2. How do we draw the system boundaries?
Everyone plays with system boundaries. The ubiquitous example in this field is failing to distinguish between energy and electricity. But I am thinking of a more subtle example from the economic modelling. The IEA’s Net Zero roadmap will add 25 million jobs net by 2030, apparently (p.17):
"The transition to net zero brings substantial new opportunities for employment, with 14 million jobs created by 2030 in our pathway thanks to new activities and investment in clean energy. Spending on more efficient appliances, electric and fuel cell vehicles, and building retrofits and energy‐efficient construction would require a further 16 million workers. But these opportunities are often in different locations, skill sets and sectors than the jobs that will be lost as fossil fuels decline. In our pathway, around 5 million jobs are lost."
Let’s put aside how they know that. That is covered in point 1 above. Even if true, is it the whole picture? Increasing the labour required for a key economic input is not usually a recipe for prosperity.
So it is not only the extraordinary capital investment whose costs have to be covered. It’s the increased labour costs too. It is a reasonable inference that this will have an impact on energy costs (especially considering experience in the UK over the past decade).
If so, what is the impact on the rest of the economy? Some other consumption must give, and jobs in those areas will go. Are they factored into the impact of Net Zero on jobs? Of course they aren’t. Factoring that in can yield a very different answer.
On the other hand, the extra direct jobs in the Net Zero pathway could mean more spending, and more jobs outside the system boundary. Indirect factors can flow both ways.
If government-directed investment generated wealth and jobs more effectively than undirected investment we would see a lot more of it and stronger growth. The net effect is highly uncertain. The system boundary is drawn tightly around the direct elements not because the indirect elements are insignificant, but because incorporating them would exacerbate the endemic uncertainty.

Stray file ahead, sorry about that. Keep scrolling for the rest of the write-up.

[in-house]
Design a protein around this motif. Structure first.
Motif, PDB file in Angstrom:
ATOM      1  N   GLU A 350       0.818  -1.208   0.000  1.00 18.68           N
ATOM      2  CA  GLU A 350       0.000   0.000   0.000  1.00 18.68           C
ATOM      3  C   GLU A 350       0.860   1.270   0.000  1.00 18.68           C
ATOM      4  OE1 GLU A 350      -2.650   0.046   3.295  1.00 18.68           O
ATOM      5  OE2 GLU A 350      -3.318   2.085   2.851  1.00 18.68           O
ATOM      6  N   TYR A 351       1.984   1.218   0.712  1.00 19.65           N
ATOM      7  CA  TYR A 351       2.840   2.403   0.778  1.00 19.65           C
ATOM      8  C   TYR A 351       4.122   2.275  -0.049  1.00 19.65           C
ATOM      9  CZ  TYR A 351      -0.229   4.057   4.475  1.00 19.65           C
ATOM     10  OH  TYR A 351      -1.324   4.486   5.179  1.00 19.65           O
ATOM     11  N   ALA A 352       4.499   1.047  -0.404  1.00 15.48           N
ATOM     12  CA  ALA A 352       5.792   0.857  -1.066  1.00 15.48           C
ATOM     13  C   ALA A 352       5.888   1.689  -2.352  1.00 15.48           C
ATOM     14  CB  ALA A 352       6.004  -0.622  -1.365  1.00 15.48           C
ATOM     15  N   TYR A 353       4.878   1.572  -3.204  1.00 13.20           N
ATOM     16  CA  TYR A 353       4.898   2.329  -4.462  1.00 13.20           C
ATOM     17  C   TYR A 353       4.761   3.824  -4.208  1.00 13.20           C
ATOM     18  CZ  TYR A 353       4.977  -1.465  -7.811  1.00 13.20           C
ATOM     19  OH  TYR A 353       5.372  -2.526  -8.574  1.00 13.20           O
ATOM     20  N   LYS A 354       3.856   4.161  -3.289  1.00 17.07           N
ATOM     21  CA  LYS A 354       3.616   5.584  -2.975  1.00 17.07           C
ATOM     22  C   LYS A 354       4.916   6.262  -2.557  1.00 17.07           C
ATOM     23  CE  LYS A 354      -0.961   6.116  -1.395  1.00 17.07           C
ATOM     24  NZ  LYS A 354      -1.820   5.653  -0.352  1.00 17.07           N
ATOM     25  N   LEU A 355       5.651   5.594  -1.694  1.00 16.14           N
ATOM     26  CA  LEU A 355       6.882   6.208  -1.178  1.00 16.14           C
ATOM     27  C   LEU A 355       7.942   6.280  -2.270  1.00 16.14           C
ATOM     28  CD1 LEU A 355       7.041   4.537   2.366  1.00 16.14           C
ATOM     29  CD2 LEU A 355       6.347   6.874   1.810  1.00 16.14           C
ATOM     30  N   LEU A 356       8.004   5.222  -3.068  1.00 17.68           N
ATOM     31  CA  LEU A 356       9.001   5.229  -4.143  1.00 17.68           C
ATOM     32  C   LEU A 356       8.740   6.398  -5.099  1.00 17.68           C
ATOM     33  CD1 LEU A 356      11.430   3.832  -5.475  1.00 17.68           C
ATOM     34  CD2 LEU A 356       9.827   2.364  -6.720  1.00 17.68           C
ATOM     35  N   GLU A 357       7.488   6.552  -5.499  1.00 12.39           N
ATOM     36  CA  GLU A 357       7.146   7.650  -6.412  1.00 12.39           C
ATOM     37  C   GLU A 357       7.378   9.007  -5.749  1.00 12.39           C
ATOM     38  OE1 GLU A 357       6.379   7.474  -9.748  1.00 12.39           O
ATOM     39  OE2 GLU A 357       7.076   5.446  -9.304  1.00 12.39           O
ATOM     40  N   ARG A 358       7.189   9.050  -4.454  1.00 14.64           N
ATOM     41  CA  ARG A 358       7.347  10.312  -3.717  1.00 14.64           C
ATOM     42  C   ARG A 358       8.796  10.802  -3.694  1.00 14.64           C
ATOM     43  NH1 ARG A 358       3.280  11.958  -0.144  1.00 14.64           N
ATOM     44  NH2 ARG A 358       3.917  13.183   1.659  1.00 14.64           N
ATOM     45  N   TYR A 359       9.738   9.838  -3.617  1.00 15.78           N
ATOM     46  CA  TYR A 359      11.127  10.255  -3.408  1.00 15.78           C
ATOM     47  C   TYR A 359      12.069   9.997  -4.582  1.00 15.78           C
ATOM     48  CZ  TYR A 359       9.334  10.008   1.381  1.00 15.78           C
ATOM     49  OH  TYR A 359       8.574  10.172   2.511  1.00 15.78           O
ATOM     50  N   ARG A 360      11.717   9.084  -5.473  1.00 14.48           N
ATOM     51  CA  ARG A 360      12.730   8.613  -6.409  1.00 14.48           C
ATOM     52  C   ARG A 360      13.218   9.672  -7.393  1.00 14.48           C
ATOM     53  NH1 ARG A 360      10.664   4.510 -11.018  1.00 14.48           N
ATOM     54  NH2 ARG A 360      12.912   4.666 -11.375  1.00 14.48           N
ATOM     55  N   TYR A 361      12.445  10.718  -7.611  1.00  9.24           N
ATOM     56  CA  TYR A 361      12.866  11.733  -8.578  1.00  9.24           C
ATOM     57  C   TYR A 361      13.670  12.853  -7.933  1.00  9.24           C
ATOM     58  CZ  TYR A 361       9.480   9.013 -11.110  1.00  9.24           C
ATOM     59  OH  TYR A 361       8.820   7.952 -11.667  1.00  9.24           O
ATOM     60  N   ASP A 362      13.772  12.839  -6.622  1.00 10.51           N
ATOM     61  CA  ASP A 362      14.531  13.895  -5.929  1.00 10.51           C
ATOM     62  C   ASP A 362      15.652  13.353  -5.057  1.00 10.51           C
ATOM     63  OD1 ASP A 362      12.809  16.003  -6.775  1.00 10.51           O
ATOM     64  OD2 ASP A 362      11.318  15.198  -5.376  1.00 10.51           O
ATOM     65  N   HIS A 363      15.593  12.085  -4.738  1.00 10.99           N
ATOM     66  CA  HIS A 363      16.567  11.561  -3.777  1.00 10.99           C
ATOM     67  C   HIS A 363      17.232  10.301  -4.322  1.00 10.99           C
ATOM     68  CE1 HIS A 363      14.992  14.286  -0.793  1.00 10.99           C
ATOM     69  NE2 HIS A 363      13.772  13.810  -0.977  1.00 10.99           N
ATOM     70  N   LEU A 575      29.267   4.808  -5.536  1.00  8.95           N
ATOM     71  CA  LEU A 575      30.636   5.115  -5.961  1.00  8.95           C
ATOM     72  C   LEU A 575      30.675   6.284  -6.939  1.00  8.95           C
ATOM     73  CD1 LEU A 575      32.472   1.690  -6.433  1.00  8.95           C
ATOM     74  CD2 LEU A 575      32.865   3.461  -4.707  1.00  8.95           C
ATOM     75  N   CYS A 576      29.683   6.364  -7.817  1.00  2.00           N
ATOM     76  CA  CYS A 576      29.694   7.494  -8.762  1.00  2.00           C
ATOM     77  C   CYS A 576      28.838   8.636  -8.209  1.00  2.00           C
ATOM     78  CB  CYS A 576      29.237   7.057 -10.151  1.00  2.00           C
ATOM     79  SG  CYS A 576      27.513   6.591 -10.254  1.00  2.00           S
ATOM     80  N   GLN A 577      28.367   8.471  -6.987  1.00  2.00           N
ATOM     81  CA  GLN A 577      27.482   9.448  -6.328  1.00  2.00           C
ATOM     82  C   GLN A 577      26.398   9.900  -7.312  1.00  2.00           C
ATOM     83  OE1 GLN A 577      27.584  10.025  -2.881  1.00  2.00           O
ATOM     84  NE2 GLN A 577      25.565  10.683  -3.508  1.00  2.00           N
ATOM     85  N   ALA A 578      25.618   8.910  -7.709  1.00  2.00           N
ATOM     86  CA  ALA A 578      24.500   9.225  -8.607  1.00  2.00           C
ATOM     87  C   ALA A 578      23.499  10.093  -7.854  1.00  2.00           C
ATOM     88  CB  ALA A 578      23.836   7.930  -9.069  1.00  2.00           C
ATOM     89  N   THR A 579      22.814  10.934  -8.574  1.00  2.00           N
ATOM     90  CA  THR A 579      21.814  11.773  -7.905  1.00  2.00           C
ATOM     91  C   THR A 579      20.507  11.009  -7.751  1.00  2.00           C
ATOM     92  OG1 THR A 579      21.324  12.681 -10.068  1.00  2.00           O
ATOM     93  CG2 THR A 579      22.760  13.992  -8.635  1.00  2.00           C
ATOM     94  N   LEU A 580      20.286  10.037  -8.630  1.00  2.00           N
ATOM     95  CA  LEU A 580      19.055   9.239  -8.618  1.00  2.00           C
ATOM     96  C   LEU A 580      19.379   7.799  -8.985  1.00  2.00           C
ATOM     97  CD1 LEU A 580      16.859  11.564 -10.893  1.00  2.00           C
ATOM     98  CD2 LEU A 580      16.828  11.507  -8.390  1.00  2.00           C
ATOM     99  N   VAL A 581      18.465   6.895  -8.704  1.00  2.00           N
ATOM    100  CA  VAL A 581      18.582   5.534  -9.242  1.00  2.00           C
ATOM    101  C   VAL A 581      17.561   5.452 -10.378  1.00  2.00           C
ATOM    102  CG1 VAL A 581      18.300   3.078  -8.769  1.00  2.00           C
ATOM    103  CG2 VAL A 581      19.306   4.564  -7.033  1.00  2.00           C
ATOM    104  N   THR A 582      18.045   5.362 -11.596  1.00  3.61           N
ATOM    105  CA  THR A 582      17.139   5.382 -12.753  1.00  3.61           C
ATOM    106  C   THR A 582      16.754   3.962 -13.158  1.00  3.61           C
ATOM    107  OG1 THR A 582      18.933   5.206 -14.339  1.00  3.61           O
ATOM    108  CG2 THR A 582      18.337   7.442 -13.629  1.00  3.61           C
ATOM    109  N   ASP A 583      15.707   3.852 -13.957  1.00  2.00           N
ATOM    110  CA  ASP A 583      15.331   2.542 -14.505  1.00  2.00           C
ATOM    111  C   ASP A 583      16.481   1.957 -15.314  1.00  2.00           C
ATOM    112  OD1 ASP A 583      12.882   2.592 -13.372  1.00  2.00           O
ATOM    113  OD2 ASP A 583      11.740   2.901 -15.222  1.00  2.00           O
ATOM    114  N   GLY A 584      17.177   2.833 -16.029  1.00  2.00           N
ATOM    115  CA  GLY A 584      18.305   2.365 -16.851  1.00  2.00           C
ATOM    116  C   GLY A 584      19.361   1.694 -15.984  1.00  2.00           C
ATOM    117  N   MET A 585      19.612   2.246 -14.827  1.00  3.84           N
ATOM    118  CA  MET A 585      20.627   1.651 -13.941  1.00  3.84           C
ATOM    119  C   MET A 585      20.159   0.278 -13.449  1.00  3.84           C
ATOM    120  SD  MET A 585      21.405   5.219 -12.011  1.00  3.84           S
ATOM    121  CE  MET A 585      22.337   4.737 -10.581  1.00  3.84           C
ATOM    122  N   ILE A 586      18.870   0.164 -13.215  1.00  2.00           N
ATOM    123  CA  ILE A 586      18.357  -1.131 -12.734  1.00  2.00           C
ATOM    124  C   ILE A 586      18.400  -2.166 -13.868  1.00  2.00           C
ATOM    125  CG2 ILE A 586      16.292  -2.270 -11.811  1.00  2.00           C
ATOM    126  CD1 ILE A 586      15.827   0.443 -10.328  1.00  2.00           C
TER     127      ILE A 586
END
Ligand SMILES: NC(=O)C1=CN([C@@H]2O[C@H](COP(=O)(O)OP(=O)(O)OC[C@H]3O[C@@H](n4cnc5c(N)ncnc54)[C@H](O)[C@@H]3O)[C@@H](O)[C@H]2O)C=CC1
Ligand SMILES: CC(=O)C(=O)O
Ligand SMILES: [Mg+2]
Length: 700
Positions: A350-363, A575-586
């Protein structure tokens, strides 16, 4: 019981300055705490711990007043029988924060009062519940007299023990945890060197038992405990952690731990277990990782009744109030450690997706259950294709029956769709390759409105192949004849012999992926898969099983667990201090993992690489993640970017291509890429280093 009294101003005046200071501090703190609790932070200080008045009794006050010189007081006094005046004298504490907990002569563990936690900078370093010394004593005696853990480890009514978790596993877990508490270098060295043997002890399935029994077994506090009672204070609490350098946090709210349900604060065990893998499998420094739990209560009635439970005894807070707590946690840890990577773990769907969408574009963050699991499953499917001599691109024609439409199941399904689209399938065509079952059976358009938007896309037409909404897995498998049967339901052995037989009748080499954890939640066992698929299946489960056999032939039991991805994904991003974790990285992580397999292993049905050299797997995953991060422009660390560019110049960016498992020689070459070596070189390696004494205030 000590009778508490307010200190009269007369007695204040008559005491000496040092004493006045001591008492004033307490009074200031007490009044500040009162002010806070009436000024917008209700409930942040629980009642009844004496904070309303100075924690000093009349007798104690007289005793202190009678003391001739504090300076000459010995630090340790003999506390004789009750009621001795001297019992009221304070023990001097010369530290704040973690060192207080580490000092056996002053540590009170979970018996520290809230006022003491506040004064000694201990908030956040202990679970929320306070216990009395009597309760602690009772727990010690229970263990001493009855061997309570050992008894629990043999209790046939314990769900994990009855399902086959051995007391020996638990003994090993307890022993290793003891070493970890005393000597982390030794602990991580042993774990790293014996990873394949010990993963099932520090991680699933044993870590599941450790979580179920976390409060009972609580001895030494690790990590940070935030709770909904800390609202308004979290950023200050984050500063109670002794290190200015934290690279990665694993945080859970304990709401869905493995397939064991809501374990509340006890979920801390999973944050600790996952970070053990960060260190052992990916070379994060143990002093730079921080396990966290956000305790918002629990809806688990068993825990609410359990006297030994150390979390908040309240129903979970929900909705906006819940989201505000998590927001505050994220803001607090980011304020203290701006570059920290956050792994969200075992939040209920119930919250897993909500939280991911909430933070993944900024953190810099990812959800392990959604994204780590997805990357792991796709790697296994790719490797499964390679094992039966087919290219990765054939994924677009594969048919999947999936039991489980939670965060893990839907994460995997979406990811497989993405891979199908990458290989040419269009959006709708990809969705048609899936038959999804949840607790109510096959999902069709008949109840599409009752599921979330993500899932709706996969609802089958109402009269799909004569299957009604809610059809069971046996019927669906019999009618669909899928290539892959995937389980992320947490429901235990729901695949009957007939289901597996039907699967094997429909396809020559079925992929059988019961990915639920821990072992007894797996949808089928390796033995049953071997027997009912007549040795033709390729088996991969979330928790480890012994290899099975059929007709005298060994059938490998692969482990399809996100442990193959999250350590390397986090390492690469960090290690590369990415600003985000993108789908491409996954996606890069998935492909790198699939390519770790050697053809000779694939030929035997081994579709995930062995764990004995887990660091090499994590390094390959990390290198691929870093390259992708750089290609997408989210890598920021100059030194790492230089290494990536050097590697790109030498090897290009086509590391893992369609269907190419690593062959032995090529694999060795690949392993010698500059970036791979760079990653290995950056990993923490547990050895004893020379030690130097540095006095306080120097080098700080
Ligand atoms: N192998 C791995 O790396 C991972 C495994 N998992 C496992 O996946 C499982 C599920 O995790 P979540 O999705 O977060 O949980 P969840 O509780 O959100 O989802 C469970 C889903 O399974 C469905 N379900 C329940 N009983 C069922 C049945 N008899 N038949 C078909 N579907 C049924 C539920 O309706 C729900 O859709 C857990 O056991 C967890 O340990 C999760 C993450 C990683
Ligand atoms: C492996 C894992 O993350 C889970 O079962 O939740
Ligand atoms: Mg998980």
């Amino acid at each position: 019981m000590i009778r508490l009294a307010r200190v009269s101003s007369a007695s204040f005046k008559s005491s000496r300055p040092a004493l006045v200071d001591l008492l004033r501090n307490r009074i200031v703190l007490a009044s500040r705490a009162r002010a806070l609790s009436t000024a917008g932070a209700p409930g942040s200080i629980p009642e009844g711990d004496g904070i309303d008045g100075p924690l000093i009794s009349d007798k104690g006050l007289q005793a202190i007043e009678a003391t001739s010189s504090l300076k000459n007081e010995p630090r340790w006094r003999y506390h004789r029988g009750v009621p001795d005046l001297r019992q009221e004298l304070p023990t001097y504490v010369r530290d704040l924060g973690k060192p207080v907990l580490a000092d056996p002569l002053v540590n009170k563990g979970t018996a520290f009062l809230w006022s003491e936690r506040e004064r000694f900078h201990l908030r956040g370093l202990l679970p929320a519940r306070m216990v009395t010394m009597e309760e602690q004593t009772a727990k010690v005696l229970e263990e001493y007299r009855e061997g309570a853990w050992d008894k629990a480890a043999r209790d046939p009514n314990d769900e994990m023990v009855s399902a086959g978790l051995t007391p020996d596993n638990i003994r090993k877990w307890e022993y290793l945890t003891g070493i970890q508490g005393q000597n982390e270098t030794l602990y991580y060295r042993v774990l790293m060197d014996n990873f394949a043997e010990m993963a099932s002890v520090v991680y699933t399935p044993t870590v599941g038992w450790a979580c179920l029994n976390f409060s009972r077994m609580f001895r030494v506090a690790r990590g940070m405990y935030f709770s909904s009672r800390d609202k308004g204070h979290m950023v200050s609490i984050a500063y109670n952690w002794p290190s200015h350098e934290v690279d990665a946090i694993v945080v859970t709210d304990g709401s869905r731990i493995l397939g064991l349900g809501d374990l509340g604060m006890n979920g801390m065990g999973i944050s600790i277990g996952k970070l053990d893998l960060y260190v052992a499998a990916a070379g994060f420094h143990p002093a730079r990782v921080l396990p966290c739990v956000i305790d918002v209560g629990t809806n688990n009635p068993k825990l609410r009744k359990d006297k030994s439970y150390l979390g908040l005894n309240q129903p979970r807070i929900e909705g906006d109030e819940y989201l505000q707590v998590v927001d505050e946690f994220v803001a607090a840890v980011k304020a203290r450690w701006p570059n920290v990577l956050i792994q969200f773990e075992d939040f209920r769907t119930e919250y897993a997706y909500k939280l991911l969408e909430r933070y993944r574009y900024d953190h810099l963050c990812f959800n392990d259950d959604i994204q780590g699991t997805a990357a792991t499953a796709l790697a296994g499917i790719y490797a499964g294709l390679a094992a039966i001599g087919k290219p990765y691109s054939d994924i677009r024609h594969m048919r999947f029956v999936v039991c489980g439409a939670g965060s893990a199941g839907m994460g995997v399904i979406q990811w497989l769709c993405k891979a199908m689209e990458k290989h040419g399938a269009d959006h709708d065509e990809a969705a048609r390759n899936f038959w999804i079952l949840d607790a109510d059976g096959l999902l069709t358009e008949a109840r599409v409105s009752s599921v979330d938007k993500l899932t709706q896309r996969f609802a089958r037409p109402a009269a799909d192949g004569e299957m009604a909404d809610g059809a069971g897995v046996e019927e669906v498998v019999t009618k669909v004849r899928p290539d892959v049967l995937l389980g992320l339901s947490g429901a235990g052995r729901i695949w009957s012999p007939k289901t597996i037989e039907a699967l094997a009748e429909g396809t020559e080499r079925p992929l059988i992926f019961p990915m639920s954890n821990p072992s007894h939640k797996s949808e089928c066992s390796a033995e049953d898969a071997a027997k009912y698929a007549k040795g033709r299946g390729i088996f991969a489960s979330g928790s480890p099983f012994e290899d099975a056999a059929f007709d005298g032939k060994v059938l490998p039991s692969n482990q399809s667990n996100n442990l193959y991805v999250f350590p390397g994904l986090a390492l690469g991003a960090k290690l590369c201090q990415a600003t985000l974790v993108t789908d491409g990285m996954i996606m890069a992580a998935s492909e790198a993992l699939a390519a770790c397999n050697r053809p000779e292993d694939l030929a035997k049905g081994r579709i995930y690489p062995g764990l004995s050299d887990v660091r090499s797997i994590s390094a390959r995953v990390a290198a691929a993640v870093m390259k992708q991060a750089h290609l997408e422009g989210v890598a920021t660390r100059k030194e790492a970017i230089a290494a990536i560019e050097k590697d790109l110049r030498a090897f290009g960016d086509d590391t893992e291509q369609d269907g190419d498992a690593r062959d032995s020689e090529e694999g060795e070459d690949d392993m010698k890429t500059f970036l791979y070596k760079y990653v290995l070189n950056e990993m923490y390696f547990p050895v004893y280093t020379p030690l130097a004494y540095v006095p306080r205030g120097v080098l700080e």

But the effects are not limited in practice to the direct impacts, even if we have a reasonable inkling what they are. We should choose a system that takes account of all important factors, not exclude important factors because they make the chosen system unworkable.
Jobs are just one example of this problem. If you think you can counter this point by pretending to understand enough to quantify the jobs impact across the economy, you have failed to understand the point in two crucial ways.
3. Where does humanity fit in?
By “humanity”, I don’t mean mankind as a species. I mean human nature.
The human species is unique for the extent that it can abstract, hypothesize, experiment, refine, communicate and learn.
For most of mankind’s existence, the benefit of these cognitive capabilities was limited by top-down social orders.
Humanity’s true flourishing occurred when feudal structures decayed and social structures emerged that facilitated cooperation outside the “tribe”. These allowed for progress not only when the elite happened upon an innovation that was useful to them, but also for innovations outside the elite and/or that benefited others than the elite. The coincidence of aptitude and experience being significantly random, progress is bound to accelerate where there are opportunities for contributions outside the ruling group to prosper.
The trend back to dirigisme is a reversal of this development. The only innovation that is welcome in a dirigiste system is one that furthers the central plan. There is no space for heresy. This is de-motivating for the people whose imagination a system ought to harness to maximise innovation.
Businessmen in a dirigiste system will do better as “yes-men” than as radicals. They must maximise compliance as much as utility. At best, innovators will waste resources trying to make their ideas compliant. Many will be deterred by the barriers to their non-compliant ideas.
It is not a minor consideration that a cosmos is not only more rational than a taxis for these conditions, but also more conducive to making the most of human nature. It is a better world to live in. Why would anyone want to downplay the abundant uncertainty in order to justify an approach that is as unattractive as it is irrational?
The 2003 Energy White Paper
Governments have been increasingly engaged in imposing taxis where cosmos would be more suitable. Hayek noted that it was already happening in 1968.
The 2003 Energy White Paper (introduced by the then Prime Minister, Tony Blair) paid only modest lip service to uncertainty and discovery. Mostly, it viewed innovation and investment as things for government to direct.
We can judge how well-founded was its confidence in dirigisme, because it predicted (pp.18-19) the state of the energy industry in 2020, resulting from the proposed measures. A large number of them fell wide of the mark. Many reflected over-optimism about cost reductions in technologies that are once again being talked about as major contributors in 2030 or 2050 once they have been “driven down the learning curve” (successfully, this time, they hope).